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Original Research: Pulmonary Vascular Disease |

Rethinking Guidelines for VTE Risk Among Nursing Home ResidentsIdentifying VTE Risk Among Nursing Home Residents: A Population-Based Study Merging Medical Record Detail With Standardized Nursing Home Assessments

Cynthia L. Leibson, PhD; Tanya M. Petterson, MS; Carin Y. Smith, BS; Kent R. Bailey, PhD; Jane A. Emerson, RN; Aneel A. Ashrani, MD; Paul Y. Takahashi, MD; John A. Heit, MD
Author and Funding Information

From the Division of Epidemiology (Dr Leibson and Ms Emerson) and the Division of Biomedical Statistics and Informatics (Mss Petterson and Smith and Dr Bailey), Department of Health Sciences Research, and the Division of Hematology (Drs Ashrani and Heit), Division of Primary Care (Dr Takahashi), and Division of Cardiovascular Disease (Dr Heit), Department of Internal Medicine, Mayo Clinic, Rochester, MN.

CORRESPONDENCE TO: Cynthia L. Leibson, PhD, Department of Health Sciences Research, Mayo Clinic, 200 First St SW, Rochester, MN 55905; e-mail: leibson@mayo.edu


Parts of this study were presented at the American Society of Hematology 52nd Annual Meeting, December 4-7, 2010, Orlando, FL.

FUNDING/SUPPORT: This study was funded by National Institutes of Health [Grants R01AG 31027-4 and R01HL 66216-9]. Study data were obtained from the Rochester Epidemiology Project, which is supported by the National Institute on Aging of the National Institutes of Health [Award number R01 AG034676].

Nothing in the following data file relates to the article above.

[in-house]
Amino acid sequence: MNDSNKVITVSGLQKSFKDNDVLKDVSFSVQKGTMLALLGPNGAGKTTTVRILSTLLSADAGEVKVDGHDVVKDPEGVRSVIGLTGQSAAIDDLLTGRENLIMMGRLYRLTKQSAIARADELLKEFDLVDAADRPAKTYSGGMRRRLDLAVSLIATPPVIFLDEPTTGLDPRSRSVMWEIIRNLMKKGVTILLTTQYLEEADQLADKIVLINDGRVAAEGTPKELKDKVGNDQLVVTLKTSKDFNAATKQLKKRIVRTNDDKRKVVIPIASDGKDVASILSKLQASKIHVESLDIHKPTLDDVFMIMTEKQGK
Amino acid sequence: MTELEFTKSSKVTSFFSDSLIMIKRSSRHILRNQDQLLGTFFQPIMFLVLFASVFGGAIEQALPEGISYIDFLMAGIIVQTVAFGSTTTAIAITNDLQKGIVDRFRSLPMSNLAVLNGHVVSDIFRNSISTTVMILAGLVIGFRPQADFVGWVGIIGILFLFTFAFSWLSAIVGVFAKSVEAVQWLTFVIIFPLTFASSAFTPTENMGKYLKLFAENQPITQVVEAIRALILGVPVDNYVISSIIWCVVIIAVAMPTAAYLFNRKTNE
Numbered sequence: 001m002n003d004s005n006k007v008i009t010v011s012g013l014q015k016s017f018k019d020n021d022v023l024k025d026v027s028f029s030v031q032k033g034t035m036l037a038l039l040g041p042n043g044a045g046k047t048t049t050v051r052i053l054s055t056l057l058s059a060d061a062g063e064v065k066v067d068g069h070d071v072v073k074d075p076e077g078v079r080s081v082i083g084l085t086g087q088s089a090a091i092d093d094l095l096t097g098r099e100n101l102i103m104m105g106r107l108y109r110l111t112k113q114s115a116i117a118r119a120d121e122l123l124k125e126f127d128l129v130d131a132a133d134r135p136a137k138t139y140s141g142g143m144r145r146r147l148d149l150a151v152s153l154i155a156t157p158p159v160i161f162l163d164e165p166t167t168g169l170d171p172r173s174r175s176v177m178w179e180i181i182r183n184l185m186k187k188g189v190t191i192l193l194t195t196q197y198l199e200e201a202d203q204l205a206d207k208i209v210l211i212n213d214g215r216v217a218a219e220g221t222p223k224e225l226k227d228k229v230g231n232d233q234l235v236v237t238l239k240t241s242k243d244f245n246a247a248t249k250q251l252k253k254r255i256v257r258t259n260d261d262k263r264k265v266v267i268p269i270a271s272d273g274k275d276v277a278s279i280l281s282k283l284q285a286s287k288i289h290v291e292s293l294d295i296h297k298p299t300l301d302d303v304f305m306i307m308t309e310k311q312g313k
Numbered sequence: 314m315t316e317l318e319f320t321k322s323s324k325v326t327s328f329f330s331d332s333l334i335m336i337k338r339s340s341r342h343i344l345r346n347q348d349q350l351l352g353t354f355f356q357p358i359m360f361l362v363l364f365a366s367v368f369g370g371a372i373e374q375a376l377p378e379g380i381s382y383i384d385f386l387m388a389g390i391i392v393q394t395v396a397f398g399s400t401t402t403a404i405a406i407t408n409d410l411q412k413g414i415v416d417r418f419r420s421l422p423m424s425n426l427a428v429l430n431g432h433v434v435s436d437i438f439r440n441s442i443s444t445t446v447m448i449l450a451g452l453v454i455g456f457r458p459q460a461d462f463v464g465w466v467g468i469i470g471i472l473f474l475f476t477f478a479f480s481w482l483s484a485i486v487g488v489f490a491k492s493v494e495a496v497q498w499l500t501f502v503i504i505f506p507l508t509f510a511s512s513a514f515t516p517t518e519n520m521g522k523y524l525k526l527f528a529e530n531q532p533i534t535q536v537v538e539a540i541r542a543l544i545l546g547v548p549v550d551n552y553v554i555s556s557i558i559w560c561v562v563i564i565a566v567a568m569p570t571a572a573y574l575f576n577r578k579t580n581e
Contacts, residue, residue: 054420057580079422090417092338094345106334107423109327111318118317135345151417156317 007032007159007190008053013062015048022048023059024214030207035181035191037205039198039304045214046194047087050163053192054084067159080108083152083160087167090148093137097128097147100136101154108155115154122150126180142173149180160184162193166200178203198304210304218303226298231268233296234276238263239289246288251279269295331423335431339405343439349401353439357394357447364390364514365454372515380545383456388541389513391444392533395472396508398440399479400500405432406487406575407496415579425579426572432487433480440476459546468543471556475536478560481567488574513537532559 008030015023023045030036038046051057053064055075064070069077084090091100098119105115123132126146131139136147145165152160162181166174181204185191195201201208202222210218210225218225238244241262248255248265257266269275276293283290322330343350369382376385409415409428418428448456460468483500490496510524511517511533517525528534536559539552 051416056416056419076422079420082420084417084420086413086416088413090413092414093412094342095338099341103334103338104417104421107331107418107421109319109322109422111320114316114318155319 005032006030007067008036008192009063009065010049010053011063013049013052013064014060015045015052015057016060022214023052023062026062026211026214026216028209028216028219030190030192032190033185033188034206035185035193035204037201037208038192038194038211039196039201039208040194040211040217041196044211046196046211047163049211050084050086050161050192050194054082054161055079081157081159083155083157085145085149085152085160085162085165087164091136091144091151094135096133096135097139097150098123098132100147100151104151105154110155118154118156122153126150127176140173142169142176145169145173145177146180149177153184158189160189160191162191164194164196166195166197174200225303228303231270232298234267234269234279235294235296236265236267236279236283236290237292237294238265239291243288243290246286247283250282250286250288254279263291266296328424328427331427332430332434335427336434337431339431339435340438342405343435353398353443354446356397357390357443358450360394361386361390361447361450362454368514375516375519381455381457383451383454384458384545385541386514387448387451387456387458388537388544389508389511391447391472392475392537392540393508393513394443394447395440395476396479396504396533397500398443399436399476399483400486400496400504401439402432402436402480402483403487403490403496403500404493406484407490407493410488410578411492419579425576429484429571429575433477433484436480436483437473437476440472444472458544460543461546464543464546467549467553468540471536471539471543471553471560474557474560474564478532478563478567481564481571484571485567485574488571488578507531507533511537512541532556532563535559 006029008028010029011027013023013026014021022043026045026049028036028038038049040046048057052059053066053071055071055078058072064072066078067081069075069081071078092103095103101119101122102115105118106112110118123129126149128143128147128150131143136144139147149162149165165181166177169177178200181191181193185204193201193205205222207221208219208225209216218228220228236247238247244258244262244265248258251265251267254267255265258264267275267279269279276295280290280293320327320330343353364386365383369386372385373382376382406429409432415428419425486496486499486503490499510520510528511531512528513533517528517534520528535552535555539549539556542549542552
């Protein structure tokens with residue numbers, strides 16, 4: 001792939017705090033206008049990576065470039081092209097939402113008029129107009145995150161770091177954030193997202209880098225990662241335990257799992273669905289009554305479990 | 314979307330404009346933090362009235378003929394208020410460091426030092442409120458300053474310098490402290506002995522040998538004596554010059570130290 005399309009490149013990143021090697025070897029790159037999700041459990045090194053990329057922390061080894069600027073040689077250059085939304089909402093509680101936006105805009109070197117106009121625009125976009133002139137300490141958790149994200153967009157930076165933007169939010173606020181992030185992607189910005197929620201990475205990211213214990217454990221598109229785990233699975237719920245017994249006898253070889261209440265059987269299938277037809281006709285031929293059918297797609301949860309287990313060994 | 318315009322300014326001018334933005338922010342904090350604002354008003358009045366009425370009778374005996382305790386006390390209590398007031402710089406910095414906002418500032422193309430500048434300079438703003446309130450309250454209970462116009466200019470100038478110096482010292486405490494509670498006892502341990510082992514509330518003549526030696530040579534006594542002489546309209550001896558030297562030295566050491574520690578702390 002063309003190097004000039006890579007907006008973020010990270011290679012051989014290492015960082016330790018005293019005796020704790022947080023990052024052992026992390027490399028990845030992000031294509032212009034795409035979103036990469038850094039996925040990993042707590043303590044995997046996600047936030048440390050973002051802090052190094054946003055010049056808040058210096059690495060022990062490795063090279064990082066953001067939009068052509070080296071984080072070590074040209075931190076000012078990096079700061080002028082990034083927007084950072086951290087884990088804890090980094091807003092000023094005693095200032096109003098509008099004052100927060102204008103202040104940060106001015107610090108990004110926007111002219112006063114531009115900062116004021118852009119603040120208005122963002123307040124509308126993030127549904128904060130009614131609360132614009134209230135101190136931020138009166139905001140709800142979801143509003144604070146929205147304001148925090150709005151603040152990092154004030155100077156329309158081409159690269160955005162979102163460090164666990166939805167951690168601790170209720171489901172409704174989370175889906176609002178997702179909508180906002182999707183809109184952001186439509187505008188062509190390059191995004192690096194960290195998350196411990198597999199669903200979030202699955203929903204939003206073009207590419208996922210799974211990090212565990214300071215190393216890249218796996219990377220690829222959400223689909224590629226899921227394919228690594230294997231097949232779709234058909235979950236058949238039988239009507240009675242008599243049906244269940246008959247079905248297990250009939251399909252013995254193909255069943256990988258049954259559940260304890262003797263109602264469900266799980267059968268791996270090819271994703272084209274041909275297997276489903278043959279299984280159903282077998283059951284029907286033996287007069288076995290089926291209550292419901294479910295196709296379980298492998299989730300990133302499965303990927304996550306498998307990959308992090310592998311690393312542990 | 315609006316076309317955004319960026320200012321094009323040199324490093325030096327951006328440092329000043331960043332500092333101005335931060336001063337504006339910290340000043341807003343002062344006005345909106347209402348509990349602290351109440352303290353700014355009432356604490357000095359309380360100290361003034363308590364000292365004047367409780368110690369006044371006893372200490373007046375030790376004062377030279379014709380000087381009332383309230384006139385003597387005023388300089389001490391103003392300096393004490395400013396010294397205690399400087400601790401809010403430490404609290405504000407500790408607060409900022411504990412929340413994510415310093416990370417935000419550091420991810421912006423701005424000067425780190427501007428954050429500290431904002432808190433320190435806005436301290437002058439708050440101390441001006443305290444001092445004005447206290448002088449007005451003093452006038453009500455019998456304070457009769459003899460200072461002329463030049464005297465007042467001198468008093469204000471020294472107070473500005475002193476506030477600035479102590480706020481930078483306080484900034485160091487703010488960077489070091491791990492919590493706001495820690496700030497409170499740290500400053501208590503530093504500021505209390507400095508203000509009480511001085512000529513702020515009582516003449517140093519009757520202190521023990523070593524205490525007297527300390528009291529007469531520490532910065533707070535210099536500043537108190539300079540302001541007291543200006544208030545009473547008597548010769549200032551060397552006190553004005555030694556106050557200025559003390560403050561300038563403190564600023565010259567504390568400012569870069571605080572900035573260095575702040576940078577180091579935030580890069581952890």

Reproduction of this article is prohibited without written permission from the American College of Chest Physicians. See online for more details.


Chest. 2014;146(2):412-421. doi:10.1378/chest.13-2652
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BACKGROUND:  Nursing home (NH) residents are at increased risk for both VTE and bleeding from pharmacologic prophylaxis. Construction of prophylaxis guidelines is hampered by NH-specific limitations with VTE case identification and characterization of risk. We addressed these limitations by merging detailed provider-linked Rochester Epidemiology Project (REP) medical records with Centers for Medicare and Medicaid Services Minimum Data Set (MDS) NH assessments.

METHODS:  This population-based nested case-control study identified all Olmsted County, Minnesota, residents with first-lifetime VTE October 1, 1998, through December 31, 2005, while a resident of an NH (N = 91) and one to two age-, sex-, and calendar year-matched NH non-VTE control subjects. For each NH case without hospitalization 3 months before VTE (n = 23), we additionally identified three to four nonhospitalized NH control subjects. REP and MDS records were reviewed before index date (VTE date for cases; respective REP encounter date for control subjects) for numerous characteristics previously associated with VTE in non-NH populations. Data were modeled using conditional logistic regression.

RESULTS:  The multivariate model consisting of all cases and control subjects identified only three characteristics independently associated with VTE: respiratory infection vs no infection (OR, 5.9; 95% CI, 2.6-13.1), extensive or total assistance with walking in room (5.6, 2.5-12.6), and general surgery (3.3, 1.0-10.8). In analyses limited to nonhospitalized cases and control subjects, only nonrespiratory infection vs no infection was independently associated with VTE (8.8, 2.7-29.2).

CONCLUSIONS:  Contrary to previous assumptions, most VTE risk factors identified in non-NH populations do not apply to the NH population. NH residents with infection, substantial mobility limitations, or recent general surgery should be considered potential candidates for VTE prophylaxis.


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